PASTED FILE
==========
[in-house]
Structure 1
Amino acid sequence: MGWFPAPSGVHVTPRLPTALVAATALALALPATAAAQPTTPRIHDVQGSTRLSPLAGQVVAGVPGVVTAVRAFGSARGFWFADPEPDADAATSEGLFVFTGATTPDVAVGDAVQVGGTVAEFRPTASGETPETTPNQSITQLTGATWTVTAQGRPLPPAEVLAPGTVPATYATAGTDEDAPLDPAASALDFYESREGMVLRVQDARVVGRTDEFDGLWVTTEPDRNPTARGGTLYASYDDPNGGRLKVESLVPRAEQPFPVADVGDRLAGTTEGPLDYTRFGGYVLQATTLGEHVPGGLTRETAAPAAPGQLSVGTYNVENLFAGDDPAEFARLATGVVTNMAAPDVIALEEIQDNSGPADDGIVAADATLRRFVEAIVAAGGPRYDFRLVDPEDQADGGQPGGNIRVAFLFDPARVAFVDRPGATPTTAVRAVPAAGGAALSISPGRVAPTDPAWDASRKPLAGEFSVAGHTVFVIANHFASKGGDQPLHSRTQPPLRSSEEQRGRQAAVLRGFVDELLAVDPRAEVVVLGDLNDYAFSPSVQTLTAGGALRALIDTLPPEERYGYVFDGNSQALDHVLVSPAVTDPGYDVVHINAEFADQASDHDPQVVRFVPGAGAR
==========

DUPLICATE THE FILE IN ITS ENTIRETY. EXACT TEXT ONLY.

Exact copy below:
[in-house]
Structure 1
Amino acid sequence: MGWFPAPSGVHVTPRLPTALVAATALALALPATAAAQPTTPRIHDVQGSTRLSPLAGQVVAGVPGVVTAVRAFGSARGFWFADPEPDADAATSEGLFVFTGATTPDVAVGDAVQVGGTVAEFRPTASGETPETTPNQSITQLTGATWTVTAQGRPLPPAEVLAPGTVPATYATAGTDEDAPLDPAASALDFYESREGMVLRVQDARVVGRTDEFDGLWVTTEPDRNPTARGGTLYASYDDPNGGRLKVESLVPRAEQPFPVADVGDRLAGTTEGPLDYTRFGGYVLQATTLGEHVPGGLTRETAAPAAPGQLSVGTYNVENLFAGDDPAEFARLATGVVTNMAAPDVIALEEIQDNSGPADDGIVAADATLRRFVEAIVAAGGPRYDFRLVDPEDQADGGQPGGNIRVAFLFDPARVAFVDRPGATPTTAVRAVPAAGGAALSISPGRVAPTDPAWDASRKPLAGEFSVAGHTVFVIANHFASKGGDQPLHSRTQPPLRSSEEQRGRQAAVLRGFVDELLAVDPRAEVVVLGDLNDYAFSPSVQTLTAGGALRALIDTLPPEERYGYVFDGNSQALDHVLVSPAVTDPGYDVVHINAEFADQASDHDPQVVRFVPGAGAR